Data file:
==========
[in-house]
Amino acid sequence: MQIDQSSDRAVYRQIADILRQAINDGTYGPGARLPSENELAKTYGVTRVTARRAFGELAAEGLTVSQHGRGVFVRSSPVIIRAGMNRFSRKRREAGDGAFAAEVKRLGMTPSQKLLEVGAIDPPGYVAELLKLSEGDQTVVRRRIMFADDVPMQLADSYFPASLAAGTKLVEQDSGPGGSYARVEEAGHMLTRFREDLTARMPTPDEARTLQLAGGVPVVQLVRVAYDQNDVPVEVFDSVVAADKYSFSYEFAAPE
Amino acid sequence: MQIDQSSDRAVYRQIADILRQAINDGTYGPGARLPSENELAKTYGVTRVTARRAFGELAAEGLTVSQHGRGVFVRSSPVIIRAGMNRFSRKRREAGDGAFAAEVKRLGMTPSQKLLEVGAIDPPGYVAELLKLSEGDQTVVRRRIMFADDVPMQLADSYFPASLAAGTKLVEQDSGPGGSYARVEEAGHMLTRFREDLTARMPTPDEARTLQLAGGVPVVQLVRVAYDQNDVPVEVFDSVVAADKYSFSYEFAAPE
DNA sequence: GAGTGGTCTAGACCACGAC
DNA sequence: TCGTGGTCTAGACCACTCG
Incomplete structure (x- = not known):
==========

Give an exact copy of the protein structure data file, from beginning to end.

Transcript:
[in-house]
Amino acid sequence: MQIDQSSDRAVYRQIADILRQAINDGTYGPGARLPSENELAKTYGVTRVTARRAFGELAAEGLTVSQHGRGVFVRSSPVIIRAGMNRFSRKRREAGDGAFAAEVKRLGMTPSQKLLEVGAIDPPGYVAELLKLSEGDQTVVRRRIMFADDVPMQLADSYFPASLAAGTKLVEQDSGPGGSYARVEEAGHMLTRFREDLTARMPTPDEARTLQLAGGVPVVQLVRVAYDQNDVPVEVFDSVVAADKYSFSYEFAAPE
Amino acid sequence: MQIDQSSDRAVYRQIADILRQAINDGTYGPGARLPSENELAKTYGVTRVTARRAFGELAAEGLTVSQHGRGVFVRSSPVIIRAGMNRFSRKRREAGDGAFAAEVKRLGMTPSQKLLEVGAIDPPGYVAELLKLSEGDQTVVRRRIMFADDVPMQLADSYFPASLAAGTKLVEQDSGPGGSYARVEEAGHMLTRFREDLTARMPTPDEARTLQLAGGVPVVQLVRVAYDQNDVPVEVFDSVVAADKYSFSYEFAAPE
DNA sequence: GAGTGGTCTAGACCACGAC
DNA sequence: TCGTGGTCTAGACCACTCG
Incomplete structure (x- = not known):